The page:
- Wray, J., Williamson, E. A., Royce, M., Shaheen, M., Beck, B. D., Lee, S. H., Nickoloff, J. A., & Hromas, R. (2009). Metnase mediates resistance to topoisomerase II inhibitors in breast cancer cells. PloS one, 4(4), e5323.More infoDNA replication produces tangled, or catenated, chromatids, that must be decatenated prior to mitosis or catastrophic genomic damage will occur. Topoisomerase IIalpha (Topo IIalpha) is the primary decatenating enzyme. Cells monitor catenation status and activate decatenation checkpoints when decatenation is incomplete, which occurs when Topo IIalpha is inhibited by chemotherapy agents such as the anthracyclines and epididophyllotoxins. We recently demonstrated that the DNA repair component Metnase (also called SETMAR) enhances Topo IIalpha-mediated decatenation, and hypothesized that Metnase could mediate resistance to Topo IIalpha inhibitors. Here we show that Metnase interacts with Topo IIalpha in breast cancer cells, and that reducing Metnase expression significantly increases metaphase decatenation checkpoint arrest. Repression of Metnase sensitizes breast cancer cells to Topo IIalpha inhibitors, and directly blocks the inhibitory effect of the anthracycline adriamycin on Topo IIalpha-mediated decatenation in vitro. Thus, Metnase may mediate resistance to Topo IIalpha inhibitors, and could be a biomarker for clinical sensitivity to anthracyclines. Metnase could also become an important target for combination chemotherapy with current Topo IIalpha inhibitors, specifically in anthracycline-resistant breast cancer.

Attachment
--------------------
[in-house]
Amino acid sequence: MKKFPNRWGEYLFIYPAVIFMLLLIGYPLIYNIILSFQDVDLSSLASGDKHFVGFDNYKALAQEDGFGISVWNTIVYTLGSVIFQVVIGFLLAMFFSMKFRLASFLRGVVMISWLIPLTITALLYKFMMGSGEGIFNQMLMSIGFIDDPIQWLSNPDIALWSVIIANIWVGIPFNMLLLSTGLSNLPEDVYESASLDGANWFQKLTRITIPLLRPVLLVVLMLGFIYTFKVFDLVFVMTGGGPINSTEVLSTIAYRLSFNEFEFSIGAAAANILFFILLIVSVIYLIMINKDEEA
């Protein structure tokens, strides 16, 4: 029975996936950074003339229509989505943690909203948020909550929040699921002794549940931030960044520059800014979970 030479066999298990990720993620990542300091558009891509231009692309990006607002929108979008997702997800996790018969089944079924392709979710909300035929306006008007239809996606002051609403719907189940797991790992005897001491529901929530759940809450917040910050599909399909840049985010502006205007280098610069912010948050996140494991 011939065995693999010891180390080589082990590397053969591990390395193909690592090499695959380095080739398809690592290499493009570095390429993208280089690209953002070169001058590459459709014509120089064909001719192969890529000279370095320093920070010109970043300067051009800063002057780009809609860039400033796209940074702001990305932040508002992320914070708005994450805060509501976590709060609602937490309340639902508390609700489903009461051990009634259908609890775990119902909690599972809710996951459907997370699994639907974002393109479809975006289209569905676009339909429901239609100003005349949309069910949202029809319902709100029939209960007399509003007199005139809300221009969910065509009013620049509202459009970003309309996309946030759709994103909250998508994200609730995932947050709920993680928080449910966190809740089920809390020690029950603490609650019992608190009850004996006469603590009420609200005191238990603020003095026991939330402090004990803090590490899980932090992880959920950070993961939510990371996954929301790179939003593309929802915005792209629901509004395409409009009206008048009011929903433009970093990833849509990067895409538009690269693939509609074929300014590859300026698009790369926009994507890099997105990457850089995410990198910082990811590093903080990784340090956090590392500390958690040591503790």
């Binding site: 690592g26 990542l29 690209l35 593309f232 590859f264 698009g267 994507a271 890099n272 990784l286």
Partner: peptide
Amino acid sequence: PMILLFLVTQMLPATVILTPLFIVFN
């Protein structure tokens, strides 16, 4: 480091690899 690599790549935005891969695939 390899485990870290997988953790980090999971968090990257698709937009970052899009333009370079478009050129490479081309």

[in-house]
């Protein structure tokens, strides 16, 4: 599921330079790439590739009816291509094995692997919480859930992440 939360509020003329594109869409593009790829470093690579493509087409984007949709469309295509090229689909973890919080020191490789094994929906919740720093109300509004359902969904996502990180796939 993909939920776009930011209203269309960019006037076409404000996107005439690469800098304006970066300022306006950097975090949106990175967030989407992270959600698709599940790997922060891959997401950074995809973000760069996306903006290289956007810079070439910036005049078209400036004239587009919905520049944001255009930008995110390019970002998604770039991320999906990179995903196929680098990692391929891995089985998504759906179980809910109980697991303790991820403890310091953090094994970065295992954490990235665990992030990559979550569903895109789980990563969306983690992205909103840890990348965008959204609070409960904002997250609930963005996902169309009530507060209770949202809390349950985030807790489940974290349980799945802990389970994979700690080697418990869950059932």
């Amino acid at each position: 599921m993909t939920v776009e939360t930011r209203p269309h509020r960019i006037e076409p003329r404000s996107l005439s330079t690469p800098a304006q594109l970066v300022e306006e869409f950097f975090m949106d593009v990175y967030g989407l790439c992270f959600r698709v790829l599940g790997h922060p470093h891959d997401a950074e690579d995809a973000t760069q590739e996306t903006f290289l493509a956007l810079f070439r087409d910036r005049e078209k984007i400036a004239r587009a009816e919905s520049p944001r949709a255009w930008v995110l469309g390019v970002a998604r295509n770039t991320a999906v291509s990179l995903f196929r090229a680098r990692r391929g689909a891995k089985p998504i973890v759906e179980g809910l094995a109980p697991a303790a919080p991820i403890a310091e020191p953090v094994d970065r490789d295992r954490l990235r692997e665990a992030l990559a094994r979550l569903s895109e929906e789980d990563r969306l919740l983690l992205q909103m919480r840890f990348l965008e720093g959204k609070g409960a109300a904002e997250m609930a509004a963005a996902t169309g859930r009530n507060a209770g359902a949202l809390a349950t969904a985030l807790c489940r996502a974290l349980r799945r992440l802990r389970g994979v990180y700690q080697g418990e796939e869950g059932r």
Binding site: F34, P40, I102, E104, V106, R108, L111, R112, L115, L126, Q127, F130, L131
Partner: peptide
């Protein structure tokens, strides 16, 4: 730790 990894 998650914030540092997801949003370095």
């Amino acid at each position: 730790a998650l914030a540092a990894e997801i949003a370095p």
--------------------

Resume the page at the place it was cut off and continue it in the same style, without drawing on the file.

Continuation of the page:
- Shaheen, M., Stender, M. J., McClean, J. W., Look, K. Y., & Einhorn, L. H. (2004). Phase II study of ifosfamide plus daily oral etoposide in previously treated ovarian cancer: a Hoosier Oncology Group (HOG) study. American journal of clinical oncology, 27(3), 229-31.More infoAdvanced epithelial ovarian carcinoma is a chemosensitive tumor to platinum plus paclitaxel combination chemotherapy. However, most patients develop recurrences following their initial platinum-based regimen and are candidates for subsequent chemotherapy. Several chemotherapeutic drugs have been tested as single therapeutic agents or in combination for relapsed epithelial ovarian carcinoma. The response rate has been modest with no obvious advantage to combination chemotherapy versus single agents. Both oral etoposide and ifosfamide have shown activity as single agents in pretreated patients. We completed a phase II study at the Hoosier Oncology Group utilizing oral etoposide plus ifosfamide in patients with relapsed ovarian epithelial carcinoma. Fourteen patients entered the study. Ifosfamide was given intravenously (IV) at a dose of 1.2 g/m2/d on days 1 to 4 with mesna 300 mg/m2 IV 15 minutes prior to and 4 and 8 hours after ifosfamide infusion. Etoposide was administered as 37.5 mg/m2/d orally on days 1 to 14. This regimen was repeated every 28 days until disease progression or for a maximum of 6 cycles. Grade III to IV granulocytopenia occurred in 9 patients (64%), with 2 neutropenic infections, but with no therapy-related deaths. Grade III to IV thrombocytopenia occurred in 3 patients (21%), and grade III to IV nausea and vomiting in 1 patient. No renal, pulmonary, hepatic, cardiac, or serious neurotoxicity was observed. Two patients (14%) achieved partial response, and additional 5 (35%) patients had stable disease. The 1-year survival probability using Kaplan-Meier analysis was 0.8. In this small sample-size trial, we did not demonstrate an advantage to this combination regimen compared to these or other single agents.